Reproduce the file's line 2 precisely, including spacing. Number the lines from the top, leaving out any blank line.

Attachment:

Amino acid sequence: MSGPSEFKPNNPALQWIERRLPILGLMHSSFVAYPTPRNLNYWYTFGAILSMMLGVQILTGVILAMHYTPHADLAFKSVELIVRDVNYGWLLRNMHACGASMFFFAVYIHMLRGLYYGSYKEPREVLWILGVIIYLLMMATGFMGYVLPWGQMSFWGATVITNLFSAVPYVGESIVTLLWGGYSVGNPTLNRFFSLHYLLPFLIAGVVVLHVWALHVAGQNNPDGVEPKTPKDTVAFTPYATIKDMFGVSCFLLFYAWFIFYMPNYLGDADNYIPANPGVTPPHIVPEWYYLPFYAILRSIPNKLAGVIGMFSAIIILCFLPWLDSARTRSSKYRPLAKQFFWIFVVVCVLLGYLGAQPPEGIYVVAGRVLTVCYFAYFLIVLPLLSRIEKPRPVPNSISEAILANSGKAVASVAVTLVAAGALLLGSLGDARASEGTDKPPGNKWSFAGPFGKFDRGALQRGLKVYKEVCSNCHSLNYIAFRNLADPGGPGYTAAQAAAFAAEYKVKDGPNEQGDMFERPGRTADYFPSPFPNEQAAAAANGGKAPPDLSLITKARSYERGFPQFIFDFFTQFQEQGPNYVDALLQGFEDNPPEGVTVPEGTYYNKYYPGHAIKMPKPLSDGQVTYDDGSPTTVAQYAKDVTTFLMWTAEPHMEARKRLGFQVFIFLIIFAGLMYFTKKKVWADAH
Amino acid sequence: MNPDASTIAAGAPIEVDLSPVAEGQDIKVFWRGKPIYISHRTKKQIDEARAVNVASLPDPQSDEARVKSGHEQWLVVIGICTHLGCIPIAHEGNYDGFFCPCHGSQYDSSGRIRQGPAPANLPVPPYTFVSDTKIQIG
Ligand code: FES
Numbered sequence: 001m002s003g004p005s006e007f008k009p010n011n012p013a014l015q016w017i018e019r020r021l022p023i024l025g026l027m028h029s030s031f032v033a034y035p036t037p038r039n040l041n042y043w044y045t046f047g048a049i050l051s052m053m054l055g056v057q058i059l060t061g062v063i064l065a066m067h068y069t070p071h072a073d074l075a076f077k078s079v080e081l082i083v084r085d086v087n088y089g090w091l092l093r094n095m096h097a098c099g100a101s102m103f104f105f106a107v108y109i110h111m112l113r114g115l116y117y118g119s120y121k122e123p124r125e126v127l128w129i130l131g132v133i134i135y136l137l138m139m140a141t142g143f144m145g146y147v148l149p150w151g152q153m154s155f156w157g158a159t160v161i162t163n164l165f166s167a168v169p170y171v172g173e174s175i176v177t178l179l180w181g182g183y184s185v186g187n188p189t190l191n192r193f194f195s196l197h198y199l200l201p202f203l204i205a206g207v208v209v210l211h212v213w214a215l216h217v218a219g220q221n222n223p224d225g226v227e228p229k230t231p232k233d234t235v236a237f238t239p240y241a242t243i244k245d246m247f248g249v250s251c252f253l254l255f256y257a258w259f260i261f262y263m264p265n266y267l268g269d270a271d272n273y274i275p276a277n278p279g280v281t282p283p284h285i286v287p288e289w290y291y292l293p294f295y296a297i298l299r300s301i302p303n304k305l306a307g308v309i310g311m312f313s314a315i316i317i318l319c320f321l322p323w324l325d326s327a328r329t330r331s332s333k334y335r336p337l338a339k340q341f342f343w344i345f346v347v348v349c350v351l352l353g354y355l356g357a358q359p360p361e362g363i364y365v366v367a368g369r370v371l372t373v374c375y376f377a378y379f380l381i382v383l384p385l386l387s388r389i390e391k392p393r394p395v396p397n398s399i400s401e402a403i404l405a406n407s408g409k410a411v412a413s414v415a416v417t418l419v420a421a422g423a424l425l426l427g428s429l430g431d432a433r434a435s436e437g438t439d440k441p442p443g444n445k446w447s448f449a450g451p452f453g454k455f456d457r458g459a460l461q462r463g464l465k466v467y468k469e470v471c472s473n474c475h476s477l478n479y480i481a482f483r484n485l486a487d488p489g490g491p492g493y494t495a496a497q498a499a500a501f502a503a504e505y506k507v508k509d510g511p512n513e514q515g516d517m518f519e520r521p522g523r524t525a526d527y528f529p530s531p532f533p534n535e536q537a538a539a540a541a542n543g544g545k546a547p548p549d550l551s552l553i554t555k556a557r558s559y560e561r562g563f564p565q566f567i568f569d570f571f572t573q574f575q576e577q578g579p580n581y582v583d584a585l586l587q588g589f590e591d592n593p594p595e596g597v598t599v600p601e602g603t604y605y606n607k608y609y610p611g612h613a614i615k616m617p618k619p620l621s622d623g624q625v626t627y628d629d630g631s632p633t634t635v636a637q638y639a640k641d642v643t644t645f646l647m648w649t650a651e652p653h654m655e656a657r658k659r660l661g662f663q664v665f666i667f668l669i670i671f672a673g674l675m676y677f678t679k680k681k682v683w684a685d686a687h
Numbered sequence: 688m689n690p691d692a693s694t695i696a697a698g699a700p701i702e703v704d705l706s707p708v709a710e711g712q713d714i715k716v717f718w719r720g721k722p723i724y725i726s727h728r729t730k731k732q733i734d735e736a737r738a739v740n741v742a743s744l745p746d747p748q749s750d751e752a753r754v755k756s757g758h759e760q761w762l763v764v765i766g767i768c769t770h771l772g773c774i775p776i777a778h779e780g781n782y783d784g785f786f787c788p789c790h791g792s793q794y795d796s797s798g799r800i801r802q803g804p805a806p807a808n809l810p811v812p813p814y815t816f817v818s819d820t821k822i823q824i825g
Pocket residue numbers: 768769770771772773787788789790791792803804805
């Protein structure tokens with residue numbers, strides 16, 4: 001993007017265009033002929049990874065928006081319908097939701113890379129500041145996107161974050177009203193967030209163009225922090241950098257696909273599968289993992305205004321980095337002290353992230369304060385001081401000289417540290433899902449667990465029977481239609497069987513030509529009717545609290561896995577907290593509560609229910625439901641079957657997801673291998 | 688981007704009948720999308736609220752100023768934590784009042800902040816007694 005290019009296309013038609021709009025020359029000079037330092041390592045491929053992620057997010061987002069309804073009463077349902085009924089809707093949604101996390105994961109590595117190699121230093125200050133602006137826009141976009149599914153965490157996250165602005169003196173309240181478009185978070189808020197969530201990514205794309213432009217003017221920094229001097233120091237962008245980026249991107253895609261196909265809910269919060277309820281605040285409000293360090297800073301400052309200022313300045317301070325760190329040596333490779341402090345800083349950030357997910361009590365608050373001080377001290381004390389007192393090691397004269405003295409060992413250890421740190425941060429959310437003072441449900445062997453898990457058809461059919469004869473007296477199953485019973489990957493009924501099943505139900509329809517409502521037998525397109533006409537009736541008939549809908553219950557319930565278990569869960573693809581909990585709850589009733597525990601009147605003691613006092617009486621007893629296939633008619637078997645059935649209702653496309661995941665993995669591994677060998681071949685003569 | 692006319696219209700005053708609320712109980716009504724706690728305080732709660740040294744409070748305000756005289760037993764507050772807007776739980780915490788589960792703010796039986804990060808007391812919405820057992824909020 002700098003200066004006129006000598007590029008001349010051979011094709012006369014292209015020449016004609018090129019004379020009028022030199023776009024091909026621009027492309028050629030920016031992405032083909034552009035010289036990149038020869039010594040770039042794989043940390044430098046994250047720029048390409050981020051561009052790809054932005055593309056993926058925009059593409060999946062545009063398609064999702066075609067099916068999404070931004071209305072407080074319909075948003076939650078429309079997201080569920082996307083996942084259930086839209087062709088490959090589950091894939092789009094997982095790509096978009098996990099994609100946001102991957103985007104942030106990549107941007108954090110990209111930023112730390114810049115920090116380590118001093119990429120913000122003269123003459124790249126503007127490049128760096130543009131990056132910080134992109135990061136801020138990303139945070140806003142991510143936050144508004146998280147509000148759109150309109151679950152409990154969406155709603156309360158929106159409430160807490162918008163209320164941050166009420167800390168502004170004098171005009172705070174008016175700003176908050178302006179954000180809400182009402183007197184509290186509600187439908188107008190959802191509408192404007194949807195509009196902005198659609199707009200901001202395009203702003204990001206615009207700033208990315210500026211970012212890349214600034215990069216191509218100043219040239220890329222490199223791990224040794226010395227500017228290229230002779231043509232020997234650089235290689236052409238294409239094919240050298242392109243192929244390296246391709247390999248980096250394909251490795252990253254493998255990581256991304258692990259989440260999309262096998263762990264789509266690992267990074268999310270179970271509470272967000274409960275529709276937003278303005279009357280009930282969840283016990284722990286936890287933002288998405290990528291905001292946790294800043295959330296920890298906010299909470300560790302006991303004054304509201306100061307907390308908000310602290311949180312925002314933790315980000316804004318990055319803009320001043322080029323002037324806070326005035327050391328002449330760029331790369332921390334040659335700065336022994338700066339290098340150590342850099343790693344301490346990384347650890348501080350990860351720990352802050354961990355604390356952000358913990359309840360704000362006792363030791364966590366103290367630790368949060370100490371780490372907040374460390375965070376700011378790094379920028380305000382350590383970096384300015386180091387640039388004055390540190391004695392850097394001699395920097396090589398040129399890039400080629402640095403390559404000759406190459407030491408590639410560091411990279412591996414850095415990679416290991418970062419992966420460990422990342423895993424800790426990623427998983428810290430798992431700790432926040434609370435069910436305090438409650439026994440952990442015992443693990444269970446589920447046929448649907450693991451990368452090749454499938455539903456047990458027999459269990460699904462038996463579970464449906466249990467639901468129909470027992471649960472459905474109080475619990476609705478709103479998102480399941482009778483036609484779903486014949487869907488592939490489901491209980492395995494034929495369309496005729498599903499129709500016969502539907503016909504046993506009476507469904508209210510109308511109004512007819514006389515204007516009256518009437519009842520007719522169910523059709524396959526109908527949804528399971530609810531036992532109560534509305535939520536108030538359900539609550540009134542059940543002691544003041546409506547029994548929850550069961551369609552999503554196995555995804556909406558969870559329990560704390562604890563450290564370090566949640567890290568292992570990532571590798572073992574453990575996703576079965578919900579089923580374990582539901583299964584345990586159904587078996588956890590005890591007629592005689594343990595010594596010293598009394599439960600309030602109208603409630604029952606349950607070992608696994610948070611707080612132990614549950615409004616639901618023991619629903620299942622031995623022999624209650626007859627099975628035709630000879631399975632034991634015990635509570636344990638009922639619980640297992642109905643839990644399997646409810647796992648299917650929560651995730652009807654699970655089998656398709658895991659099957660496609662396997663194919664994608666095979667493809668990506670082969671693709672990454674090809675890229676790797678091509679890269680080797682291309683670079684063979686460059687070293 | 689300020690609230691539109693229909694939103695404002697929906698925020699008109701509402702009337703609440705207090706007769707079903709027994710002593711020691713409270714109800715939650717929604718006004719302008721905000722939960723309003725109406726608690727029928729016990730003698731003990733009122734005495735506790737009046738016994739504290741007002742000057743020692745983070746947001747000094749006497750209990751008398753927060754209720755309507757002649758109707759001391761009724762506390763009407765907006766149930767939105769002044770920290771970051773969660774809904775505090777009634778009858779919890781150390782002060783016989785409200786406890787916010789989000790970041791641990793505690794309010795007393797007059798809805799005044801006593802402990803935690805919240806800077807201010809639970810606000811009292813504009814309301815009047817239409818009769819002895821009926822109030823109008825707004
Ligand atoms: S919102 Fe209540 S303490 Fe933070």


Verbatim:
Amino acid sequence: MNPDASTIAAGAPIEVDLSPVAEGQDIKVFWRGKPIYISHRTKKQIDEARAVNVASLPDPQSDEARVKSGHEQWLVVIGICTHLGCIPIAHEGNYDGFFCPCHGSQYDSSGRIRQGPAPANLPVPPYTFVSDTKIQIG